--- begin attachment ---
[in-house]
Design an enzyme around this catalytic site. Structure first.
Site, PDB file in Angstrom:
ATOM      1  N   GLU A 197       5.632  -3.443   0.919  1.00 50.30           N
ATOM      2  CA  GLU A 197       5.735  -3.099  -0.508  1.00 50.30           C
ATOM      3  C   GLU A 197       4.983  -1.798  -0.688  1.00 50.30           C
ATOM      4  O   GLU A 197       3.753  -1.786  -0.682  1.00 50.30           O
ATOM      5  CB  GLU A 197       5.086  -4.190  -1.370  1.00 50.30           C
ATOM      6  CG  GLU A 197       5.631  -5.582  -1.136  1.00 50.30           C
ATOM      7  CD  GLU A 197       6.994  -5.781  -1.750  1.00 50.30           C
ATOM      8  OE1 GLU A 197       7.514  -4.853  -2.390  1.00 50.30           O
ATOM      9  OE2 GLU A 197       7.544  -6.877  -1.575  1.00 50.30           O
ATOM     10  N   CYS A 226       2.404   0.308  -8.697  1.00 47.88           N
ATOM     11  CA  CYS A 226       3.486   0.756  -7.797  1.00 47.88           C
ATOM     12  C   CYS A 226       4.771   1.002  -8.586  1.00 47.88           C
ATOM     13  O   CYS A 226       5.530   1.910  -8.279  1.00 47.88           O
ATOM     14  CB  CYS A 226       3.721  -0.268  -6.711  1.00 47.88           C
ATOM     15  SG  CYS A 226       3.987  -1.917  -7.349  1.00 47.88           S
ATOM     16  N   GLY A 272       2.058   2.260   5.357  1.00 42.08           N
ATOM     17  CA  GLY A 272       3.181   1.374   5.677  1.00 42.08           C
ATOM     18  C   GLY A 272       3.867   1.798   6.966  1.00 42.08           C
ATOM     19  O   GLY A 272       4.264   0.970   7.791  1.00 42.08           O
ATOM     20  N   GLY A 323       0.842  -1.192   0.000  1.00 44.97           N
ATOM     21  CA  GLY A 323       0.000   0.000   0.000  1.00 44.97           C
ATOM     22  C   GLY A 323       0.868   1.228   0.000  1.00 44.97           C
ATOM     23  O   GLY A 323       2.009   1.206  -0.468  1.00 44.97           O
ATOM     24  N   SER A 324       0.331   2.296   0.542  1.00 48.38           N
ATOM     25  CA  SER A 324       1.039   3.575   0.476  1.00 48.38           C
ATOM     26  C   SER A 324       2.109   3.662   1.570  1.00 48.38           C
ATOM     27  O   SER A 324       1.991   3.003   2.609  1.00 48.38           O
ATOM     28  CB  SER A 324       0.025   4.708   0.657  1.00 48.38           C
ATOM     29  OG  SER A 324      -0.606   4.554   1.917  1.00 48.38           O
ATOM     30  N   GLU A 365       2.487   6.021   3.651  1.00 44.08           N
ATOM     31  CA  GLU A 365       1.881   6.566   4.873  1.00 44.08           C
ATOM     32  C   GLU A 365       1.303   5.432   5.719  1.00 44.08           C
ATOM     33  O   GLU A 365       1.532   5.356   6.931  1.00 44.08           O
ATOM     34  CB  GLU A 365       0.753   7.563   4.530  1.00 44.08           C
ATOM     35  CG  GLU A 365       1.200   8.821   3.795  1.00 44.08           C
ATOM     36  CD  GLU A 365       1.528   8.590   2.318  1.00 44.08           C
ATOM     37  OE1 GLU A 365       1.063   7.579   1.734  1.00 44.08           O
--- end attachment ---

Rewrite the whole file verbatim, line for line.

[in-house]
Design an enzyme around this catalytic site. Structure first.
Site, PDB file in Angstrom:
ATOM      1  N   GLU A 197       5.632  -3.443   0.919  1.00 50.30           N
ATOM      2  CA  GLU A 197       5.735  -3.099  -0.508  1.00 50.30           C
ATOM      3  C   GLU A 197       4.983  -1.798  -0.688  1.00 50.30           C
ATOM      4  O   GLU A 197       3.753  -1.786  -0.682  1.00 50.30           O
ATOM      5  CB  GLU A 197       5.086  -4.190  -1.370  1.00 50.30           C
ATOM      6  CG  GLU A 197       5.631  -5.582  -1.136  1.00 50.30           C
ATOM      7  CD  GLU A 197       6.994  -5.781  -1.750  1.00 50.30           C
ATOM      8  OE1 GLU A 197       7.514  -4.853  -2.390  1.00 50.30           O
ATOM      9  OE2 GLU A 197       7.544  -6.877  -1.575  1.00 50.30           O
ATOM     10  N   CYS A 226       2.404   0.308  -8.697  1.00 47.88           N
ATOM     11  CA  CYS A 226       3.486   0.756  -7.797  1.00 47.88           C
ATOM     12  C   CYS A 226       4.771   1.002  -8.586  1.00 47.88           C
ATOM     13  O   CYS A 226       5.530   1.910  -8.279  1.00 47.88           O
ATOM     14  CB  CYS A 226       3.721  -0.268  -6.711  1.00 47.88           C
ATOM     15  SG  CYS A 226       3.987  -1.917  -7.349  1.00 47.88           S
ATOM     16  N   GLY A 272       2.058   2.260   5.357  1.00 42.08           N
ATOM     17  CA  GLY A 272       3.181   1.374   5.677  1.00 42.08           C
ATOM     18  C   GLY A 272       3.867   1.798   6.966  1.00 42.08           C
ATOM     19  O   GLY A 272       4.264   0.970   7.791  1.00 42.08           O
ATOM     20  N   GLY A 323       0.842  -1.192   0.000  1.00 44.97           N
ATOM     21  CA  GLY A 323       0.000   0.000   0.000  1.00 44.97           C
ATOM     22  C   GLY A 323       0.868   1.228   0.000  1.00 44.97           C
ATOM     23  O   GLY A 323       2.009   1.206  -0.468  1.00 44.97           O
ATOM     24  N   SER A 324       0.331   2.296   0.542  1.00 48.38           N
ATOM     25  CA  SER A 324       1.039   3.575   0.476  1.00 48.38           C
ATOM     26  C   SER A 324       2.109   3.662   1.570  1.00 48.38           C
ATOM     27  O   SER A 324       1.991   3.003   2.609  1.00 48.38           O
ATOM     28  CB  SER A 324       0.025   4.708   0.657  1.00 48.38           C
ATOM     29  OG  SER A 324      -0.606   4.554   1.917  1.00 48.38           O
ATOM     30  N   GLU A 365       2.487   6.021   3.651  1.00 44.08           N
ATOM     31  CA  GLU A 365       1.881   6.566   4.873  1.00 44.08           C
ATOM     32  C   GLU A 365       1.303   5.432   5.719  1.00 44.08           C
ATOM     33  O   GLU A 365       1.532   5.356   6.931  1.00 44.08           O
ATOM     34  CB  GLU A 365       0.753   7.563   4.530  1.00 44.08           C
ATOM     35  CG  GLU A 365       1.200   8.821   3.795  1.00 44.08           C
ATOM     36  CD  GLU A 365       1.528   8.590   2.318  1.00 44.08           C
ATOM     37  OE1 GLU A 365       1.063   7.579   1.734  1.00 44.08           O